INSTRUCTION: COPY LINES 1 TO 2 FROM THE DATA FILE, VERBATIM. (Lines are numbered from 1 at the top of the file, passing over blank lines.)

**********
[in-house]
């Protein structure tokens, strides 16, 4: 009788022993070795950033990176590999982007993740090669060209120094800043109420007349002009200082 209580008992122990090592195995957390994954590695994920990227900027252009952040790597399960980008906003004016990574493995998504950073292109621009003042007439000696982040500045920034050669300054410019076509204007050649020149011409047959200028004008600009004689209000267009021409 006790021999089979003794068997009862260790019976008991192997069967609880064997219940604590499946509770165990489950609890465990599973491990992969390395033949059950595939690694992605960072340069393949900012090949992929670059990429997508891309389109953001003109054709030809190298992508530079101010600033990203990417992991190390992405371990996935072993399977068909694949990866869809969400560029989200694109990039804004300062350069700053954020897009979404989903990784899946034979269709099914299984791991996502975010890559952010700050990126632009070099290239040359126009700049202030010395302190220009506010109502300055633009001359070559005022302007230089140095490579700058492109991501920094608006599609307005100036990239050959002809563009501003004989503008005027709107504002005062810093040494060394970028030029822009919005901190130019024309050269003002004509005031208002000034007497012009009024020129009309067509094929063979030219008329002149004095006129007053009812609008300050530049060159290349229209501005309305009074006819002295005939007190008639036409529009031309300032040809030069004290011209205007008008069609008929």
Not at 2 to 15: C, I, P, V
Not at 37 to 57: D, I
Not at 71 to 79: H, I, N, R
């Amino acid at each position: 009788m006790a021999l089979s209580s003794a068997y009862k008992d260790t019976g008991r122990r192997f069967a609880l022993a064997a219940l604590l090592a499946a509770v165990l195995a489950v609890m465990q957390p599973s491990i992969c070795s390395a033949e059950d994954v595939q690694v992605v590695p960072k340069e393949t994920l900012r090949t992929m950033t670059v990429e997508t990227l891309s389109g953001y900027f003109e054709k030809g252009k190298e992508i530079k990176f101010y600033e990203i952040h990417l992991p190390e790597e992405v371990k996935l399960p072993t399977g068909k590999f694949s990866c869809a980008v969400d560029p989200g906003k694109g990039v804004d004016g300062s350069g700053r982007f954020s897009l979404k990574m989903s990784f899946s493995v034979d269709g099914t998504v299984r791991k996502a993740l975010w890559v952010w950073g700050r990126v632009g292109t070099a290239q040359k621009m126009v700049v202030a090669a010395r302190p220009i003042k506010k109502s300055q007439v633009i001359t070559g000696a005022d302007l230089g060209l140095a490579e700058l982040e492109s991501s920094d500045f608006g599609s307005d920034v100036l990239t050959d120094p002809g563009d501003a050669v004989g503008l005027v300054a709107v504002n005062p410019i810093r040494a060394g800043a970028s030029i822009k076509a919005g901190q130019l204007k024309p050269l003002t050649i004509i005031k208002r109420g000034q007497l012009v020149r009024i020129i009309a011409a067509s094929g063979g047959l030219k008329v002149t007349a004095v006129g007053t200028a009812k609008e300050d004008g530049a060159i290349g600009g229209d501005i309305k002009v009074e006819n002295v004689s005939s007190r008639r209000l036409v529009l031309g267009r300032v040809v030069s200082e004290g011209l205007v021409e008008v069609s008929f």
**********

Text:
[in-house]
């Protein structure tokens, strides 16, 4: 009788022993070795950033990176590999982007993740090669060209120094800043109420007349002009200082 209580008992122990090592195995957390994954590695994920990227900027252009952040790597399960980008906003004016990574493995998504950073292109621009003042007439000696982040500045920034050669300054410019076509204007050649020149011409047959200028004008600009004689209000267009021409 006790021999089979003794068997009862260790019976008991192997069967609880064997219940604590499946509770165990489950609890465990599973491990992969390395033949059950595939690694992605960072340069393949900012090949992929670059990429997508891309389109953001003109054709030809190298992508530079101010600033990203990417992991190390992405371990996935072993399977068909694949990866869809969400560029989200694109990039804004300062350069700053954020897009979404989903990784899946034979269709099914299984791991996502975010890559952010700050990126632009070099290239040359126009700049202030010395302190220009506010109502300055633009001359070559005022302007230089140095490579700058492109991501920094608006599609307005100036990239050959002809563009501003004989503008005027709107504002005062810093040494060394970028030029822009919005901190130019024309050269003002004509005031208002000034007497012009009024020129009309067509094929063979030219008329002149004095006129007053009812609008300050530049060159290349229209501005309305009074006819002295005939007190008639036409529009031309300032040809030069004290011209205007008008069609008929």